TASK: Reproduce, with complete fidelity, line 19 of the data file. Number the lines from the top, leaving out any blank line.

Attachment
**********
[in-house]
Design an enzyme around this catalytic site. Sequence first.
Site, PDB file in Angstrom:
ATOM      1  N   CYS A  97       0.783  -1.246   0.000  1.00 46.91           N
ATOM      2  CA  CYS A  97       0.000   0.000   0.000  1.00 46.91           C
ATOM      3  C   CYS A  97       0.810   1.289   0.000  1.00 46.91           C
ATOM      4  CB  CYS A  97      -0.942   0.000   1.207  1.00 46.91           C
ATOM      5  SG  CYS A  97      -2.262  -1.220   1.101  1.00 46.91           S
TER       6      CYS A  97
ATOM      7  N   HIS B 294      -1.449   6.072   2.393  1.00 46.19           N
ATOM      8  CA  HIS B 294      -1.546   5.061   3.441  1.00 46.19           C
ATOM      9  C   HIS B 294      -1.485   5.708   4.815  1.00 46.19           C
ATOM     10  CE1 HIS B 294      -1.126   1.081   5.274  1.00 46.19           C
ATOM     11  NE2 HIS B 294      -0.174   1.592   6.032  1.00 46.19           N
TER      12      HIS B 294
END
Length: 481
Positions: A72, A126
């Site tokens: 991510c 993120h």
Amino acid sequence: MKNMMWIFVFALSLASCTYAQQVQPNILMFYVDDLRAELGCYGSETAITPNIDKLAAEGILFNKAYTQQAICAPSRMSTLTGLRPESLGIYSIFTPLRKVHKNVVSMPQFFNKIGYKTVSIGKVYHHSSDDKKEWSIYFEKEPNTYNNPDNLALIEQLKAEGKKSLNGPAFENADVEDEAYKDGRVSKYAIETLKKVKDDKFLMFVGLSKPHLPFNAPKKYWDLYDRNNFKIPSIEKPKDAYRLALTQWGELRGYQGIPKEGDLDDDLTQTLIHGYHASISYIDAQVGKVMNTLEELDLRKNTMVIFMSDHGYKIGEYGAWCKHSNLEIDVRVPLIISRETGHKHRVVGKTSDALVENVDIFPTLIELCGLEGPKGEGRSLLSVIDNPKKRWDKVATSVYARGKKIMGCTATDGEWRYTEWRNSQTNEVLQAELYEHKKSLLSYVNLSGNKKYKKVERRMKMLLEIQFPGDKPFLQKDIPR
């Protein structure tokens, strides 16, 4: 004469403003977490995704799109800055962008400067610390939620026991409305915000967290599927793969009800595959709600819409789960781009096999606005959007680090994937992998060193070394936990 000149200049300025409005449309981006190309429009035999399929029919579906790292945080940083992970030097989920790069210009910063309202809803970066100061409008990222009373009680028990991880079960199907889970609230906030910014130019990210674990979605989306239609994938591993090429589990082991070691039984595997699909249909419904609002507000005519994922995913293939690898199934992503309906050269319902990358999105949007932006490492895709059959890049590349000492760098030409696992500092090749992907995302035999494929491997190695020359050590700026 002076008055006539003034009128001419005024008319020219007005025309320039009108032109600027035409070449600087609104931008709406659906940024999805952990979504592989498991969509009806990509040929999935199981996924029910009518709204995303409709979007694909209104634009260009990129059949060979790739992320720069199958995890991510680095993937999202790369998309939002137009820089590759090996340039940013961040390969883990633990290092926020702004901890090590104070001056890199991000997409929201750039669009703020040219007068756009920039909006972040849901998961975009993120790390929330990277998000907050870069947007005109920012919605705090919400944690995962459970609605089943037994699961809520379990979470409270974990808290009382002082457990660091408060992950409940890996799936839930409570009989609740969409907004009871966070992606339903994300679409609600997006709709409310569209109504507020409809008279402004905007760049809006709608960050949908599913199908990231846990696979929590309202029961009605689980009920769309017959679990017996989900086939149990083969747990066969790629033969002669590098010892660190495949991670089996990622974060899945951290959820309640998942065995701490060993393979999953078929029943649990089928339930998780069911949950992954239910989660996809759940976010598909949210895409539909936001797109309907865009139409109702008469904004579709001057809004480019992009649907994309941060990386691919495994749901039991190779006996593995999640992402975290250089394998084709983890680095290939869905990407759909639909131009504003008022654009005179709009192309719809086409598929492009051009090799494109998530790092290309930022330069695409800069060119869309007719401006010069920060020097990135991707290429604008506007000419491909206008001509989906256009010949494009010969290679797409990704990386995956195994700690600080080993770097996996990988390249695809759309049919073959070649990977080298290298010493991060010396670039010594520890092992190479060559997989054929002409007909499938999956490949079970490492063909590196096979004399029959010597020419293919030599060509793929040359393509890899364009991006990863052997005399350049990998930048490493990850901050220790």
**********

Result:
């Site tokens: 991510c 993120h």